Various tourist destinations have their own associations, which the most sought-after artwork tends to capture. "My art reflects a lifestyle people have come out here to enjoy," said Linda Loeschen of Basalt, Colorado, a painter of Southwestern landscapes and cowboys. "It's the outdoors, the natural life, the freedom of a cowboy." She added that her paintings offer an "escape" for buyers who have to go home to more crowded cities. Originally from New Jersey herself, having moved to Colorado in the early 1970s, Loeschen said that "the same thing brought me here, the appeal of being alive, of feeling nature and indulging in it."

At times, buyers go to great lengths to insure that the artwork mirrors the particular place, sometimes commissioning artists to paint a specific bridge or dune. Carol Turner, a painter in Albany, New York, who takes period trips to Cape Cod in order to take photographs and "get immersed in the light and the smells" that will be turned into paintings for a Wellfleet (Cape Cod) gallery, stated that she doesn't like commissions but has taken some: "There was one person who wanted a painting of a certain bay in Truro, with a certain boat, with high tide at a certain time." At the end, she felt lucky the person eventually bought the work, because the painting seemed to be more about the buyer's personal memories than her artistic vision.
"My buyers want something that says Cape Cod," said Sue Carstenson, owner of Birdsie-on-the-Cape, a gallery in Osterville, Massachusetts that sells three-quarters of its artwork to second home owners or their guests. "They don't want scenes of Venice." Tight realism tends to be the most favored style of painting, but some buyers prefer whimsical work that is done in a primitive or naive style. "They've bought this house in order to have fun, and they want fun art in it."

Second home art is taken less seriously than what they might purchase for their primary residence, Carstenson noted, and "there is a price point of $5,000 at the top end. No one is going to buy $25,000 art for a Summer home." She keeps close tabs on her buyers and frequently passes on information on what does and doesn't sell to the artists whose work she represents. "Sue tells me that people don't like orange-y sunsets," said Neil McAuliffe of Centerville, a year-round Cape Cod resident and the gallery's top selling artist. "She also tells me not to do things that are yellow-y, because people can't match it with their decor. The main colors should be pink, green and blue -- hydrangeas, water and sky." ("Blue and rose are colors that always sell," Carstenson said. "Put in the beach roses, it'll go; put in the hydrangeas, it'll go.")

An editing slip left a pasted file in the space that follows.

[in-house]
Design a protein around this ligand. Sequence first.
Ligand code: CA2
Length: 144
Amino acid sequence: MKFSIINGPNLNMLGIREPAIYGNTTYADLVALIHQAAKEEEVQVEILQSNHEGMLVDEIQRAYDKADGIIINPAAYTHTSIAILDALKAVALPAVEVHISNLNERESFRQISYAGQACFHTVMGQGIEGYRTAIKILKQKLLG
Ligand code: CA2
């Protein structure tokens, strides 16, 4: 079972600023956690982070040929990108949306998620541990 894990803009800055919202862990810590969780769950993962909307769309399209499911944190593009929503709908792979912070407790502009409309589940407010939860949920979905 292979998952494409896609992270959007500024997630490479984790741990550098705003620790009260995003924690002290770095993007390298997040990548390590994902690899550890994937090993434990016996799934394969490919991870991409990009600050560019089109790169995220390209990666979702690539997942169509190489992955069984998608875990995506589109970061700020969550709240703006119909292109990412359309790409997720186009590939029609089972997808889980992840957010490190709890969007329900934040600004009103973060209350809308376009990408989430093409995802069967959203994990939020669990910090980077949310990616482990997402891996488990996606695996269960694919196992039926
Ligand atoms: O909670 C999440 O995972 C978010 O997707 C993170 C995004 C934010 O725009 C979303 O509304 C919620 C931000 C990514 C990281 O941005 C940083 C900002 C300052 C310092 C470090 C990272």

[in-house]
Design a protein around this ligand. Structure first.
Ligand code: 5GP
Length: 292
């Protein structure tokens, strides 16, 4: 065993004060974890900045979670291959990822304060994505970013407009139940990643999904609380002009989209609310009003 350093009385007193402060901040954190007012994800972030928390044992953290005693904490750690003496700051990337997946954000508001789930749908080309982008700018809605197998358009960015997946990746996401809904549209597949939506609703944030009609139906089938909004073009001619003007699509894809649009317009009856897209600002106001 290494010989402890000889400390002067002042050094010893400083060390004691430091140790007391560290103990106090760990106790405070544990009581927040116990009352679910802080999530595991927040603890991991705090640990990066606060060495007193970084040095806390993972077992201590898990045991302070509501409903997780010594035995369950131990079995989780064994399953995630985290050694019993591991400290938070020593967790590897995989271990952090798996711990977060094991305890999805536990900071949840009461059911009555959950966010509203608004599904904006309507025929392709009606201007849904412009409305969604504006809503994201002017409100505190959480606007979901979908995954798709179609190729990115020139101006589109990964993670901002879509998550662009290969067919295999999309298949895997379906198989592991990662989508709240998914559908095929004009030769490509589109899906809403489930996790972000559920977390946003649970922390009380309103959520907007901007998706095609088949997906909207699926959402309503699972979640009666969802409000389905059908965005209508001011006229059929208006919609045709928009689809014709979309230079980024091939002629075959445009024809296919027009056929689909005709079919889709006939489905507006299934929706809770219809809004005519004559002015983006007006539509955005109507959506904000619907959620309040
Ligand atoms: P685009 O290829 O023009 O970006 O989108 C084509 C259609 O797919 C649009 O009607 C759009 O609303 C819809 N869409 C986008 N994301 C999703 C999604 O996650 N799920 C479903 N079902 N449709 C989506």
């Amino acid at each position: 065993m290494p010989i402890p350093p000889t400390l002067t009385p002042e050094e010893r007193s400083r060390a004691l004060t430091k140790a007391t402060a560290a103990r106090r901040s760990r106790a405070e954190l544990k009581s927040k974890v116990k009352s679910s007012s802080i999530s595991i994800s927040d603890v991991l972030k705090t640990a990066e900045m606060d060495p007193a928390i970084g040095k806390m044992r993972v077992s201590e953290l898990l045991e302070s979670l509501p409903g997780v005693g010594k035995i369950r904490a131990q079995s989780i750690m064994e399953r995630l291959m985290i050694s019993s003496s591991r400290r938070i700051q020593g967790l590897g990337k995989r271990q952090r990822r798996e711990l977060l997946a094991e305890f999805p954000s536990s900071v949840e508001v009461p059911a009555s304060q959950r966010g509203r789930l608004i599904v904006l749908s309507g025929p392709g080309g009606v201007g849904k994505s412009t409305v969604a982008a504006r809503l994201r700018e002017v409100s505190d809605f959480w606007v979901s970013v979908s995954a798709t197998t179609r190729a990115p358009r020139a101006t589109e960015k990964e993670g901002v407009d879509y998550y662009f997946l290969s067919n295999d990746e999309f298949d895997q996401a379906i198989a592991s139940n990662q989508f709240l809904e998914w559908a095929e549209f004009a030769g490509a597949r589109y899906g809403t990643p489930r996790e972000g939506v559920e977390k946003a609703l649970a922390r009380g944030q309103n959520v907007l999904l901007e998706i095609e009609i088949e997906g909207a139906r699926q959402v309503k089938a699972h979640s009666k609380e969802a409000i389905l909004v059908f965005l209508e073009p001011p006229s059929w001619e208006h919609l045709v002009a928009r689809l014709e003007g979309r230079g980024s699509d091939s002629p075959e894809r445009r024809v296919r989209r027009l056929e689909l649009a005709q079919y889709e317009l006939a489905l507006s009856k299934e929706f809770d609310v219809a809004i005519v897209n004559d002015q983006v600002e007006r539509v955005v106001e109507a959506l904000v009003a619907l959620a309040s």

Realist artists who specialize in a popular tourist destination not only compete with each other but also with countless postcard snapshots, readily available in numerous convenience stores. There is always a search for the unusual, unfound and untrite. Alan Flattman noted that he regularly takes trips to New Orleans' French Quarter to find "different angles, different perspectives" in the interiors and exteriors of restaurants and bars at different times of the day. Subjects that are dramatically lit and "rainy days with a lot of reflections" help him create more dynamic compositions, and "both seem to be popular with buyers." William Berre, a painter of Western images in Santa Fe, moves from one series of pictures to another -- dotted hills, Western sky, Northern New Mexico churches, fence posts with landscapes behind them -- as a way to "push myself and refresh my perspective."

Success in reaching and selling to a particular market, however, also has the potential of placing artists in a bind: Selling principally to nonresidents, they often do not receive direct feedback on their work from collectors and only find out what sells from dealers -- those dealers may only want more of the same rather than an evolving artistic vision; they probably do not want to paint the same image -- or variations on it -- again and again, but low prices require them to be prolific, working from a formula; they also don't wish to lose sales and incur the wrath of a gallery owner by finding different subjects. McAuliffe, for instance, traveled up to Acadia National Park in Maine, where he painted a number of scenes, but Sue Carstenson's response to those works was a clipped "Don't you bring me paintings of Acadia National Park. That's for galleries in Acadia to sell," the artist recalled her saying. McAuliffe looks forward, he noted, "to branching out, but right now I'm just doing what people want."